That there are still significant audiences for those who promote obvious nonsense – from creationists like Ken Ham and Ray Comfort to anti-vaccination lunatics like Jenny McCarthy and Robert F. Kennedy Jr. or proponents of crazy political notions (take your pick) – is testament to the fact that the human brain is a product of evolution and that evolution does not necessarily produce optimal solutions. That, is the human brain has significant weaknesses.
Scientific methods of investigation have been specifically designed to compensate for the shortcomings of our brains but they are not able to compensate for the fact that some people choose to trust bullshit more than they trust science.
It comes down to values: reason or faith? Pick one.
This is old hat to those of us who have been trying to address young earth creationism for some years but those who have more recently become interested in the subject might find it useful.
Ken Ham‘s Answers In Genesis organization has a Statement of Faith. All who are involved with that organization, whether as staff or as volunteers, including Ham’s pet scientists, are required to agree to this statement.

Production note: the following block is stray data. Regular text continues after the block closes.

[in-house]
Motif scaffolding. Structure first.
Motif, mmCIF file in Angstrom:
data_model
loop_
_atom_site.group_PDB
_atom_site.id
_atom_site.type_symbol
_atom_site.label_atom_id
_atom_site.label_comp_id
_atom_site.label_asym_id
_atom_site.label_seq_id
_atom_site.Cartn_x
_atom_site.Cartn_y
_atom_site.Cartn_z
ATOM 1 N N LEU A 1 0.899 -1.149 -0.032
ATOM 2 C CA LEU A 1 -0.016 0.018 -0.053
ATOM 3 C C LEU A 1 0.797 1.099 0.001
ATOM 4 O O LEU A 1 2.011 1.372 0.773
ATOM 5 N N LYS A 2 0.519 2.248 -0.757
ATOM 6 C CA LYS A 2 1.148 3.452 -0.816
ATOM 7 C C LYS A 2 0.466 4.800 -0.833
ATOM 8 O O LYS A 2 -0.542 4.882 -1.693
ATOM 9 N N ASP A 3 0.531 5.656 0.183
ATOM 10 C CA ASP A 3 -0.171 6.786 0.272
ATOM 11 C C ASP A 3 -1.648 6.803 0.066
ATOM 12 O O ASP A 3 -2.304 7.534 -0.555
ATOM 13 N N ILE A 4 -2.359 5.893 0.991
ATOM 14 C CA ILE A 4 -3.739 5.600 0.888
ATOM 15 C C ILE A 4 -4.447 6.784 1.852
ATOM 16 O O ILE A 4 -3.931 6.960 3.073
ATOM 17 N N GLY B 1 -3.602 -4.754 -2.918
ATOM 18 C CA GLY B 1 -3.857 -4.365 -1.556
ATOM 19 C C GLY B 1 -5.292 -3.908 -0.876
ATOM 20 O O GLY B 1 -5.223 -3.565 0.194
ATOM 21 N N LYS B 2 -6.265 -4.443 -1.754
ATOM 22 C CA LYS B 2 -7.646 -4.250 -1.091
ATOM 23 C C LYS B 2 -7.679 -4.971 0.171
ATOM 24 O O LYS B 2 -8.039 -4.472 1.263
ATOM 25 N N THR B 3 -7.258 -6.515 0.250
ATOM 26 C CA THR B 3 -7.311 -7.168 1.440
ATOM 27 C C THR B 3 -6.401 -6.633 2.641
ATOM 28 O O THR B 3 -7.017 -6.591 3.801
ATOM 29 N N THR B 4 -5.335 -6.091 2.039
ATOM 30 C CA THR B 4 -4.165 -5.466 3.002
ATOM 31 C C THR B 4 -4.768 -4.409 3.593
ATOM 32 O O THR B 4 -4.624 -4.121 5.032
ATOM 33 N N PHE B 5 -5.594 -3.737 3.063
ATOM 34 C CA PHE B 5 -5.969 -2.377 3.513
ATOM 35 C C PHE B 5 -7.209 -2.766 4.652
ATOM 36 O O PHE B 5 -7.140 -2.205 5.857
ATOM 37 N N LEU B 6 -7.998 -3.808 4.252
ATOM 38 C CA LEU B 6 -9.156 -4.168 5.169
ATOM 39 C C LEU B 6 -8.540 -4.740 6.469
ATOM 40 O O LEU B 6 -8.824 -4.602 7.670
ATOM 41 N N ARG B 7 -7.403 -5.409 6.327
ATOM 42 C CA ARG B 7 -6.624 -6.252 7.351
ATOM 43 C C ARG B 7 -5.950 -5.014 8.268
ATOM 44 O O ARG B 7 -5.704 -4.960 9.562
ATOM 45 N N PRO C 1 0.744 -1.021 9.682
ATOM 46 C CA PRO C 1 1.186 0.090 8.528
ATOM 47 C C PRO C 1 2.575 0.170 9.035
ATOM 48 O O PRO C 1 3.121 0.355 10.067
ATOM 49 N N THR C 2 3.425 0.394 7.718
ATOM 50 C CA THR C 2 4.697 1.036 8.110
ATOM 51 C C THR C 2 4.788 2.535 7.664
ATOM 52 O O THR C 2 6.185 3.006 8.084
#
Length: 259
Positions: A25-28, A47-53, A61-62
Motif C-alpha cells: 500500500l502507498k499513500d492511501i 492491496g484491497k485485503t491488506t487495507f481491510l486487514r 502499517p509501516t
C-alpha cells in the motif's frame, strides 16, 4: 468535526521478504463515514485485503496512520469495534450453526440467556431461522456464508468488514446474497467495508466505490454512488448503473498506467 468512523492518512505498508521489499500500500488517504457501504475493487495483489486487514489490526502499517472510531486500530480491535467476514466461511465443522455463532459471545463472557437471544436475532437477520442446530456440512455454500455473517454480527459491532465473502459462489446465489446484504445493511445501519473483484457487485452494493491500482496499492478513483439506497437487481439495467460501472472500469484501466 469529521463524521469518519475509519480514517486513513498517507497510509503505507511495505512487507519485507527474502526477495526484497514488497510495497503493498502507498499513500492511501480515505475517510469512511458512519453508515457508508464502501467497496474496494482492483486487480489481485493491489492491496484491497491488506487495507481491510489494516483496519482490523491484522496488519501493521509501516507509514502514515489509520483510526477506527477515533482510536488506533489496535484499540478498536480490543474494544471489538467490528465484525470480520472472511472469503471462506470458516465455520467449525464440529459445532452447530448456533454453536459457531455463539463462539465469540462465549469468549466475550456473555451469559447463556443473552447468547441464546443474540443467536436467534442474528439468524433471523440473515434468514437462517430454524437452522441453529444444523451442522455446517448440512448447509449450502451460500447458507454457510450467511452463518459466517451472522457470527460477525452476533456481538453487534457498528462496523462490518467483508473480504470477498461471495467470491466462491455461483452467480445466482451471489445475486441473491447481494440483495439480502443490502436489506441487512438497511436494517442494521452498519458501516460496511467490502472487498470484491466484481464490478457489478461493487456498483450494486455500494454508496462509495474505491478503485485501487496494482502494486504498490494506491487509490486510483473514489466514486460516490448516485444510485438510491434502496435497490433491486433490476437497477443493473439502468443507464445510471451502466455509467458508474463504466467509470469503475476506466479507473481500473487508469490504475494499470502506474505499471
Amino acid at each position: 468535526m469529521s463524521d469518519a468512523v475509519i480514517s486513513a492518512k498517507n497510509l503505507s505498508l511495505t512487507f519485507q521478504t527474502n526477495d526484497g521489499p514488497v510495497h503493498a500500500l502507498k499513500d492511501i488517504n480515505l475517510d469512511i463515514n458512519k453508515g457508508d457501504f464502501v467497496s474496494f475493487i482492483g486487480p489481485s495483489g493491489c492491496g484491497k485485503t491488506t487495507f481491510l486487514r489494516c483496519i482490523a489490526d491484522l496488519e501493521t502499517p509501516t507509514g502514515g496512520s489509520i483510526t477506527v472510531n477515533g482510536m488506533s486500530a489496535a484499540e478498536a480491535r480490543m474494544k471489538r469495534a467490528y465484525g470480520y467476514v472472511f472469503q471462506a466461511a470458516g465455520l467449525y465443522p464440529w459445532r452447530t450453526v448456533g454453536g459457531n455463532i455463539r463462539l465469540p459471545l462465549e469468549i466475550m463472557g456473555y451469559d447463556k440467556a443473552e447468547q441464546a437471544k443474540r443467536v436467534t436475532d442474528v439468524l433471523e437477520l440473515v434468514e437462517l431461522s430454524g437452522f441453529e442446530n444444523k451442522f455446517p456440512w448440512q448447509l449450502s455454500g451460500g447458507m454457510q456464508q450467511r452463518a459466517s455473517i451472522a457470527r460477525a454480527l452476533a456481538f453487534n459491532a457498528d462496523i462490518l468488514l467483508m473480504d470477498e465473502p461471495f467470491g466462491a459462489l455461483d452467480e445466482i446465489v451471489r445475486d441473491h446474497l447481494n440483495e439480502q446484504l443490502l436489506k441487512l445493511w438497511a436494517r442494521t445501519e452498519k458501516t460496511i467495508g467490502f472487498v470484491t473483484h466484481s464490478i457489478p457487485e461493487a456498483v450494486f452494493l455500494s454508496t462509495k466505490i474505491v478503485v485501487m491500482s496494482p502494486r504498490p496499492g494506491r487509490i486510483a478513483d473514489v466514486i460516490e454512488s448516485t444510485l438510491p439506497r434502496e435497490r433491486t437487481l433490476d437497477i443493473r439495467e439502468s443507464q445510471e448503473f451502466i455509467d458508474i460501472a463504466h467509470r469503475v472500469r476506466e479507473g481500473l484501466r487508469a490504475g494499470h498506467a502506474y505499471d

The Dr. Oz episode* in which he endorses applied kinesiology (not to be confused with kinesiology, which is a legitimate study) to diagnose allergies was re-run again today. Oz appeared to completely buy into it, even though he says he has no idea how it works.
Well, if he consulted with a knowledgeable skeptic or even did a simple internet search, Oz would learn that it’s got a lot to do with the ideomotor effect. He could also quite easily discover that applied kinesiology has been subjected to proper scientific testing and has been found to be no better at diagnosing allergies than random guessing.